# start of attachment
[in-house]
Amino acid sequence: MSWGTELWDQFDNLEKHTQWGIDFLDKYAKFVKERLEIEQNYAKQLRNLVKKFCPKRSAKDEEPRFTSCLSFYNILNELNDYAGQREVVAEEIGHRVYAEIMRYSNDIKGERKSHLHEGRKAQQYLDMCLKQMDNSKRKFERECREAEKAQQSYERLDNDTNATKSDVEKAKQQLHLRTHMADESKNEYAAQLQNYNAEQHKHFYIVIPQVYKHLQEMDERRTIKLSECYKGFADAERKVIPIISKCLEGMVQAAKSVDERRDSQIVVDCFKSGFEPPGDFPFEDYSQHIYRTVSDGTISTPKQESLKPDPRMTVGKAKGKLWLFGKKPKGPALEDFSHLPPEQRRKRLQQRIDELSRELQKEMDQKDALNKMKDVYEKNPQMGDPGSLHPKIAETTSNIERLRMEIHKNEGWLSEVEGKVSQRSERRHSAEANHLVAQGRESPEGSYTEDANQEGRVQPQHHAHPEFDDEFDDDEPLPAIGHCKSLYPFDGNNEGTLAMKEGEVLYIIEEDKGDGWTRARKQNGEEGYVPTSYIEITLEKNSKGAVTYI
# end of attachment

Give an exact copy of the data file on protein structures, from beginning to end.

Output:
[in-house]
Amino acid sequence: MSWGTELWDQFDNLEKHTQWGIDFLDKYAKFVKERLEIEQNYAKQLRNLVKKFCPKRSAKDEEPRFTSCLSFYNILNELNDYAGQREVVAEEIGHRVYAEIMRYSNDIKGERKSHLHEGRKAQQYLDMCLKQMDNSKRKFERECREAEKAQQSYERLDNDTNATKSDVEKAKQQLHLRTHMADESKNEYAAQLQNYNAEQHKHFYIVIPQVYKHLQEMDERRTIKLSECYKGFADAERKVIPIISKCLEGMVQAAKSVDERRDSQIVVDCFKSGFEPPGDFPFEDYSQHIYRTVSDGTISTPKQESLKPDPRMTVGKAKGKLWLFGKKPKGPALEDFSHLPPEQRRKRLQQRIDELSRELQKEMDQKDALNKMKDVYEKNPQMGDPGSLHPKIAETTSNIERLRMEIHKNEGWLSEVEGKVSQRSERRHSAEANHLVAQGRESPEGSYTEDANQEGRVQPQHHAHPEFDDEFDDDEPLPAIGHCKSLYPFDGNNEGTLAMKEGEVLYIIEEDKGDGWTRARKQNGEEGYVPTSYIEITLEKNSKGAVTYI